Ford Won't Run for Gillibrand's Seat

Tennessean explains reasons in op-ed

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    NEWSLETTERS

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    Would-be Senate candidate Harold Ford says he won't run for the good of the party.

    Former Tennessee congressman Harold Ford Jr. said Monday he won't challenge Sen. Kirsten Gillibrand in this fall's Democratic primary because he doesn't want to divide and weaken the party.

    The would-be senatorial candidate did, however, say that he hopes "another opportunity presents itself" down the road.

    In a New York Times op-ed posted online for Tuesday's editions, Ford said he believed he could have won but didn't want to risk a bitter primary that could help a Republican take the seat.

    "I've examined this race in every possible way," Ford wrote, "and I keep returning to the same fundamental conclusion: If I run, the likely result would be a brutal and highly negative Democratic primary — a primary where the winner emerges weakened and the Republican strengthened."

    Ford, who returned to his old job Tuesday as an MSNBC pundit, moved to New York after losing the 2006 U.S. Senate race in Tennessee, taking a job with Bank of America Merrill Lynch. He had spent the past seven weeks traveling the state and meeting with voters, Democratic dignitaries and elected officials to gauge support for a potential campaign.

    "I realize this announcement will surprise many people who assumed I was running," Ford wrote. "I reached this decision only in the last few days — as I considered what a primary campaign, even with the victory I saw as fully achievable, would have done to the Democratic Party."

    Gillibrand, who was appointed to her seat last year when Hillary Rodham Clinton became U.S. secretary of state, ignored Ford at first. But after Ford began regularly challenging her, the race that was not yet a race quickly turned ugly.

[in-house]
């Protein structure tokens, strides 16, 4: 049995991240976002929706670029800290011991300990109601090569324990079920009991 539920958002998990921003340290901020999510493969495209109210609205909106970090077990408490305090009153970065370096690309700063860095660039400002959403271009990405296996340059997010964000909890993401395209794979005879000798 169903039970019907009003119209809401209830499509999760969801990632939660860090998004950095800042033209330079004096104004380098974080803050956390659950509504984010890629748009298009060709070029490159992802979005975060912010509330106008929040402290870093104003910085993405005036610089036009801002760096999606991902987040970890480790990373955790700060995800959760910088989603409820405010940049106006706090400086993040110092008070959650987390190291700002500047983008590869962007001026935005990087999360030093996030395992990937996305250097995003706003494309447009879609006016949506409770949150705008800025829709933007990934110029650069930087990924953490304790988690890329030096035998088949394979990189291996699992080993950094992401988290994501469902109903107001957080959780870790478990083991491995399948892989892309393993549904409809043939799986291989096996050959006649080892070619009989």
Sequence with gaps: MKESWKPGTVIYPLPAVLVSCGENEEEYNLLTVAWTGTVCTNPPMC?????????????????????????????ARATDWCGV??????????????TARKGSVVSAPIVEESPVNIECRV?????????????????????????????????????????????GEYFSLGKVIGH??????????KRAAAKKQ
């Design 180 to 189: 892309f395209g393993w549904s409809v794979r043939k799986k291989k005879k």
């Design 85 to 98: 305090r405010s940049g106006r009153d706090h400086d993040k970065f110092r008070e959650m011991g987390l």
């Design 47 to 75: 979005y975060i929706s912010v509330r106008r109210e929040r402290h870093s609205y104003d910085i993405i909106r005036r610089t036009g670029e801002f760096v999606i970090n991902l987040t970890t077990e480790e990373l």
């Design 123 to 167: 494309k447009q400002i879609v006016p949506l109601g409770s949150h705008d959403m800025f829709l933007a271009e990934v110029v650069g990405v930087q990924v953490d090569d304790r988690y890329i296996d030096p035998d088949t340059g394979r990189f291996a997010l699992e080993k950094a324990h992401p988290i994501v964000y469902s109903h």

Ford called Gillibrand various names, including a hypocrite, a liar, an unelected senator and a parakeet who takes positions based on whatever party leaders tell her to do. 

    Gillibrand sought to paint Ford as a wealthy carpetbagger who cares only about his Wall Street friends and has tried to hide the conservative streak that made him popular in Tennessee.

    As a congressman, Ford described himself as "pro-life," said illegal immigrants should be deported if caught and voted for a constitutional amendment to define marriage as a union between a man and a woman.

    Gillibrand spokesman Glen Caplin said "Gillibrand has shown that she takes a back seat to no one when it comes to fighting for New York" that no matter who her opponent is this fall she would "wage a vigorous campaign on her strong record and her vision" for the state. 

    The news about Ford was greeted with relief by some Democrats who feared a protracted primary battle would leave them vulnerable to a Republican challenge in November. State party chairman Jay Jacobs said Ford "sacrificed his opportunity for the greater good."

     "I'm very pleased that he made that decision," Jacobs said. "I had stressed to him we need the Democratic party unified."

     Ford would have faced the challenge of running without wide support from New York's Democratic power brokers.

    Gillibrand has spent months lining up endorsements from labor unions, politicians and interest groups crucial to Democrats running statewide races. She has been endorsed by leaders of 59 of New York's 62 county party organizations, including those in Democrat-heavy Manhattan and the Bronx.

    While Ford backed out of a potential primary against Gillibrand, he indicated his decision doesn't equate to a permanent leave of politics.

    "I am a Democrat. But I am an independent Democrat," he wrote. "I am not going to stop speaking out on behalf of policies that I think are right — regardless of ideology, party or political expediency. I plan to continue taking this message across our state and across our nation."